Setup unit 134 determines a pair of characteristic functions for triangle 500′ as shown in FIG. 10. The characteristic functions are determined from each end of long edge 510′. The first characteristic function, CFA, is the cross-product of two vectors seated at vertex 504′, while the second characteristic function, CFO, is the cross-product of two vectors seated at vertex 502′. Specifically, CFA is the cross-product of fixed vector Q1 (which originates at vertex 504′, terminates at vertex 506′, and has a magnitude equal to the length of side 512′) and variable vector P1 (which originates from vertex 504′ and varies in termination points and magnitudes). CFO is the cross-product of fixed vector Q0 (which originates at vertex 502′, terminates at vertex 506′, and has a magnitude equal to the length of side 514′) and variable vector P0 (which originates from vertex 502′ and terminates at the same point as P1).
By using linear algebra, cross-products CFA and CFO are determined from the subpixel coordinates of the triangle in question. For example, CFA, the cross-product of P1 and Q1, is calculated by applying the algebraic expansion of the determinate expression of the cross-product. Specifically:
Applying (1) and (2) to triangle 500′, setup unit 134 determines the initial values of CFAI and CFOI. As shown in FIG. 11, P0 is initially a null vector, while P1 points from vertex 504′ to vertex 502′ and has a magnitude equal to the length of side 510′. Thus, the termination subpixel coordinates of P1 and P0 are the subpixel coordinates of vertex 502′, namely (8, 1). Therefore,
Since the initial values of P1 and Q1 coincide with two of the three sides of the triangle, the initial value of CFA is a vector with a magnitude equal to twice the area of triangle 500′. In contrast, since the initial value of P0 is a null vector, the initial value of CFO is a vector of magnitude zero. The sum of the initial magnitudes of CFA and CFO is equal to twice the area of triangle 500′. Edge walker unit 136 will later determine the values of CFA and CFO at a series of test points (xP, yP) are iteratively selected at or near long edge 510′. When sum of the magnitudes of the characteristic functions at a test point is less than twice the area of the triangle, it will be assumed that the test point lies within the triangle.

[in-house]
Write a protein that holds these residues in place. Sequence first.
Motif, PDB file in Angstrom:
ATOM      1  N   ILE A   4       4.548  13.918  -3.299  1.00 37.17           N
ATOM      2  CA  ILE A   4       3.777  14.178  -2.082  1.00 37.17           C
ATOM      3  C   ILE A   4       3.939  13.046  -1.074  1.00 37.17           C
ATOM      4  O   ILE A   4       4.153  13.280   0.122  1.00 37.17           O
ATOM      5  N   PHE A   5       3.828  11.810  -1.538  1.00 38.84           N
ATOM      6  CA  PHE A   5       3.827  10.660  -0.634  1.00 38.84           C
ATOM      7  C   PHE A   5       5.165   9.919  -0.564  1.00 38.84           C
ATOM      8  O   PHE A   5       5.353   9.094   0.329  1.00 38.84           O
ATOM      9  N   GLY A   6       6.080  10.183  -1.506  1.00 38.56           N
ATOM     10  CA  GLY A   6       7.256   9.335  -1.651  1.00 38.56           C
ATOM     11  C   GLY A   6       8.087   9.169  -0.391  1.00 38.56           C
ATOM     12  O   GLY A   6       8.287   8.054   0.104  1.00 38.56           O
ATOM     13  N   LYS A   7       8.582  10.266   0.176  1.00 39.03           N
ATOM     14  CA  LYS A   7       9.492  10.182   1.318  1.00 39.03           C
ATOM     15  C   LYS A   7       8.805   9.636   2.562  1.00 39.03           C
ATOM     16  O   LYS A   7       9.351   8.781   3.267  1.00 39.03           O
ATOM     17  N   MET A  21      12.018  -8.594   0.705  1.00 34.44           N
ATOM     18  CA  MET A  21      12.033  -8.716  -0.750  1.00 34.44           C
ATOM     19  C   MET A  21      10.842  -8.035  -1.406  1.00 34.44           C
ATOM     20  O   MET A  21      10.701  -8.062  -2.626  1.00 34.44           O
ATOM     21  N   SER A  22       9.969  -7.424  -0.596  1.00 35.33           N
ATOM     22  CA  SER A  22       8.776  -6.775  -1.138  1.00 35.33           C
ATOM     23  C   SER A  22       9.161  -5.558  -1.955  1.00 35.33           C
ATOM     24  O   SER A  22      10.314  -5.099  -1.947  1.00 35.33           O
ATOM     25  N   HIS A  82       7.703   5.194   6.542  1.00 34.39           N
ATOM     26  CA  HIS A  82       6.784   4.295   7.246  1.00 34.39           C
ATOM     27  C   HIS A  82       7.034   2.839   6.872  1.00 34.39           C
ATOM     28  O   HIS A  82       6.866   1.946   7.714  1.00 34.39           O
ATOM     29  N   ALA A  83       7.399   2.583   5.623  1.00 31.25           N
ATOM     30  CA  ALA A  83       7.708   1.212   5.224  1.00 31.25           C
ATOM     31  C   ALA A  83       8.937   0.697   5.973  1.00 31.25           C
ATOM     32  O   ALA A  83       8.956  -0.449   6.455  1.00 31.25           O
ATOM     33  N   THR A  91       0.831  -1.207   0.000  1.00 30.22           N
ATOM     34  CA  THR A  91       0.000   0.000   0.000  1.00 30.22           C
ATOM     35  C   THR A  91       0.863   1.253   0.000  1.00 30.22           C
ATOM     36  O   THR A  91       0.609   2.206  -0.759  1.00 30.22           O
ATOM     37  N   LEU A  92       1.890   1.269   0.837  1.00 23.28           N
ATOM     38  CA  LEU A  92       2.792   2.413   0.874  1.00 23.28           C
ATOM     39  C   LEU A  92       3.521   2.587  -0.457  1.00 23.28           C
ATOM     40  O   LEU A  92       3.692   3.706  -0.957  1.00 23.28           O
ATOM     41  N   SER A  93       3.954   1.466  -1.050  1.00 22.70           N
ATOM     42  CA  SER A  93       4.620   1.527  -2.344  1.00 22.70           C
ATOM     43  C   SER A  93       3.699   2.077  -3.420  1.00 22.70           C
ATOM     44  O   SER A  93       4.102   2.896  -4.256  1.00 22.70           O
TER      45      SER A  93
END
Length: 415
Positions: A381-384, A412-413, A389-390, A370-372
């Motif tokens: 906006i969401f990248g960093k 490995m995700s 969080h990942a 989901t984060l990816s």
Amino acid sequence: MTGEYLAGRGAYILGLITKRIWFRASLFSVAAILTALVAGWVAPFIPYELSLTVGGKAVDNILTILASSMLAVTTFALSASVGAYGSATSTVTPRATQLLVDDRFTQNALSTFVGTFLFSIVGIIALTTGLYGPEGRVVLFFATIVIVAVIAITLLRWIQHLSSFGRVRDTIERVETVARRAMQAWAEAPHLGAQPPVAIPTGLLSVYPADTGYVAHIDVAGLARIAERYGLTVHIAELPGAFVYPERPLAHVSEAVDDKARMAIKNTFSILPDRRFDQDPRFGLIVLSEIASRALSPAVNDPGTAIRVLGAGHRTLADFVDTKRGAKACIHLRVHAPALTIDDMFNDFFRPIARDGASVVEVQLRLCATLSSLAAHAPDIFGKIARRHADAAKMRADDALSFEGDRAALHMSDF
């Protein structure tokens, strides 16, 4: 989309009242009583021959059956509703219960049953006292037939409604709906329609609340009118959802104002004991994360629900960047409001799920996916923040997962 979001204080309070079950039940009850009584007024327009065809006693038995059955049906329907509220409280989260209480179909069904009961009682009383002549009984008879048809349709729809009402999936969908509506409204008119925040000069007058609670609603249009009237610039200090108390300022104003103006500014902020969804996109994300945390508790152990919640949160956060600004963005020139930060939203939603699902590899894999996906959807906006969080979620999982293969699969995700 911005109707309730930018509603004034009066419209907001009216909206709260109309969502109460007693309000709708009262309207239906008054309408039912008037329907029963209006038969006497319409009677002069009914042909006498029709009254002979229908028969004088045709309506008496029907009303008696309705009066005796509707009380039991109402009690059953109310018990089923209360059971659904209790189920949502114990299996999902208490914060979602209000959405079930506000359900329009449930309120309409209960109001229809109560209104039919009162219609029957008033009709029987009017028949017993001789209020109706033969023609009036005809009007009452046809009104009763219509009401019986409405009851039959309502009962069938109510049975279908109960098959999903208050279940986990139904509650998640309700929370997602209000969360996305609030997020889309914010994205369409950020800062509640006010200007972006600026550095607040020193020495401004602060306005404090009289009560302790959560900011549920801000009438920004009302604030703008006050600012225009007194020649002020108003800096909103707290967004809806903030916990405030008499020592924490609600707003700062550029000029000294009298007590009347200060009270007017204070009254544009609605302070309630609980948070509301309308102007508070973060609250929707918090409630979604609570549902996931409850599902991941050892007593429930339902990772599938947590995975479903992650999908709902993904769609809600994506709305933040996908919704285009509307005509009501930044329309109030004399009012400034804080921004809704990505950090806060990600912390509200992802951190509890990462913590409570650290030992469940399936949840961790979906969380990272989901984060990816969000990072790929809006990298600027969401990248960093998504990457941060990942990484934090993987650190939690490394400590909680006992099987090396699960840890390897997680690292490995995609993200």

During the iterative process of selecting test points along long edge 510′, edge walker 136 starts with an initial value P0×Q0 and iterates this value along the long edge for each increment of y. In each iteration, y is incremented by 1 and x is incremented by Dx, which is the geometric slope along the long edge. The geometric slope is the difference in the x coordinates divided by the difference in the y coordinates along the long edge, which is typically a fractional value. Since triangle engine 123 is not configured to select test points having fractional subpixel coordinates in this embodiment, Dx is rounded to its nearest integer. The direction of the rounding, up or down, depends on the scan direction of the triangle. The scan direction is the direction in which edge walker 136 successively selects test point along lines parallel to the x axis during the iterative process to be more fully described below. The triangles are scanned from left-to-right if the long edge of the triangle is on the left (as in the present example). Dx is to be rounded down to the next integer for left-to-right scanning. Triangles are scanned from right-to-left if the long edge is on the right of the triangle. Dx is to be rounded up to the next integer for right-to-left scanning.
In order to appropriatedly round Dx to an interger value, the functions FLOOR and CEIL are defined. CEIL(x) rounds a number, x, up to the next highest integer. For example: